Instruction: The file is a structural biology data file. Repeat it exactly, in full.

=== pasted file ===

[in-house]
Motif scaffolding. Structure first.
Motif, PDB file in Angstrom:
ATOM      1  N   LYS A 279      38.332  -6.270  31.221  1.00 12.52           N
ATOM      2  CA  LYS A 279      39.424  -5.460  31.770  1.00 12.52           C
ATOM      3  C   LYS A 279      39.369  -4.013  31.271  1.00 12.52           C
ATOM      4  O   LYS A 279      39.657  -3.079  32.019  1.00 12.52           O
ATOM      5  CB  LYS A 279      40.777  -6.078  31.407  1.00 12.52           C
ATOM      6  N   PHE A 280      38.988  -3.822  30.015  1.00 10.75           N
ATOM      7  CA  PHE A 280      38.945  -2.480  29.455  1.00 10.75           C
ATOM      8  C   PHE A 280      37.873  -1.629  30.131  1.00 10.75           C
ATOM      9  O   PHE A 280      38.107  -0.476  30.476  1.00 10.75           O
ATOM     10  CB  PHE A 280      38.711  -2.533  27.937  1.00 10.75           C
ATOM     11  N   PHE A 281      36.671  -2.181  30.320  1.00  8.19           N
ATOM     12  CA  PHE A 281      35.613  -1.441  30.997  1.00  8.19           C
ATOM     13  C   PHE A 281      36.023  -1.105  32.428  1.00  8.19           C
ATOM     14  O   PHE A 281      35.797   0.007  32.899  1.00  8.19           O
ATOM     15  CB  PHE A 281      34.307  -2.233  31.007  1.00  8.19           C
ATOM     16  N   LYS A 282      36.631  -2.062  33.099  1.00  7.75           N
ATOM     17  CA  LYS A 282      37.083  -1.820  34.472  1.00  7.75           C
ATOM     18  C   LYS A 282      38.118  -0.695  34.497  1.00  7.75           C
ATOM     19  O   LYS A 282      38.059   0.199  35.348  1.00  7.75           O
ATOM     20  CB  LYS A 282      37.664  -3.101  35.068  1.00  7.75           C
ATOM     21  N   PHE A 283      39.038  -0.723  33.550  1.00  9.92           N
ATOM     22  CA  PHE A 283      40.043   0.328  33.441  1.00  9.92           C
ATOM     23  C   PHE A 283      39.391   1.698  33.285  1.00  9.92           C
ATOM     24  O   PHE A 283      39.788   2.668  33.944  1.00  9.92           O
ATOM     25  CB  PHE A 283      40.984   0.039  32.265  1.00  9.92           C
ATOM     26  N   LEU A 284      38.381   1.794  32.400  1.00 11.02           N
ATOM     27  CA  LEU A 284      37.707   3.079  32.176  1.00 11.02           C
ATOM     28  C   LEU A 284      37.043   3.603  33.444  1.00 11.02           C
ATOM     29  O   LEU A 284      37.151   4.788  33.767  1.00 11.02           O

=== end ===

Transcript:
[in-house]
Motif scaffolding. Structure first.
Motif, PDB file in Angstrom:
ATOM      1  N   LYS A 279      38.332  -6.270  31.221  1.00 12.52           N
ATOM      2  CA  LYS A 279      39.424  -5.460  31.770  1.00 12.52           C
ATOM      3  C   LYS A 279      39.369  -4.013  31.271  1.00 12.52           C
ATOM      4  O   LYS A 279      39.657  -3.079  32.019  1.00 12.52           O
ATOM      5  CB  LYS A 279      40.777  -6.078  31.407  1.00 12.52           C
ATOM      6  N   PHE A 280      38.988  -3.822  30.015  1.00 10.75           N
ATOM      7  CA  PHE A 280      38.945  -2.480  29.455  1.00 10.75           C
ATOM      8  C   PHE A 280      37.873  -1.629  30.131  1.00 10.75           C
ATOM      9  O   PHE A 280      38.107  -0.476  30.476  1.00 10.75           O
ATOM     10  CB  PHE A 280      38.711  -2.533  27.937  1.00 10.75           C
ATOM     11  N   PHE A 281      36.671  -2.181  30.320  1.00  8.19           N
ATOM     12  CA  PHE A 281      35.613  -1.441  30.997  1.00  8.19           C
ATOM     13  C   PHE A 281      36.023  -1.105  32.428  1.00  8.19           C
ATOM     14  O   PHE A 281      35.797   0.007  32.899  1.00  8.19           O
ATOM     15  CB  PHE A 281      34.307  -2.233  31.007  1.00  8.19           C
ATOM     16  N   LYS A 282      36.631  -2.062  33.099  1.00  7.75           N
ATOM     17  CA  LYS A 282      37.083  -1.820  34.472  1.00  7.75           C
ATOM     18  C   LYS A 282      38.118  -0.695  34.497  1.00  7.75           C
ATOM     19  O   LYS A 282      38.059   0.199  35.348  1.00  7.75           O
ATOM     20  CB  LYS A 282      37.664  -3.101  35.068  1.00  7.75           C
ATOM     21  N   PHE A 283      39.038  -0.723  33.550  1.00  9.92           N
ATOM     22  CA  PHE A 283      40.043   0.328  33.441  1.00  9.92           C
ATOM     23  C   PHE A 283      39.391   1.698  33.285  1.00  9.92           C
ATOM     24  O   PHE A 283      39.788   2.668  33.944  1.00  9.92           O
ATOM     25  CB  PHE A 283      40.984   0.039  32.265  1.00  9.92           C
ATOM     26  N   LEU A 284      38.381   1.794  32.400  1.00 11.02           N
ATOM     27  CA  LEU A 284      37.707   3.079  32.176  1.00 11.02           C
ATOM     28  C   LEU A 284      37.043   3.603  33.444  1.00 11.02           C
ATOM     29  O   LEU A 284      37.151   4.788  33.767  1.00 11.02           O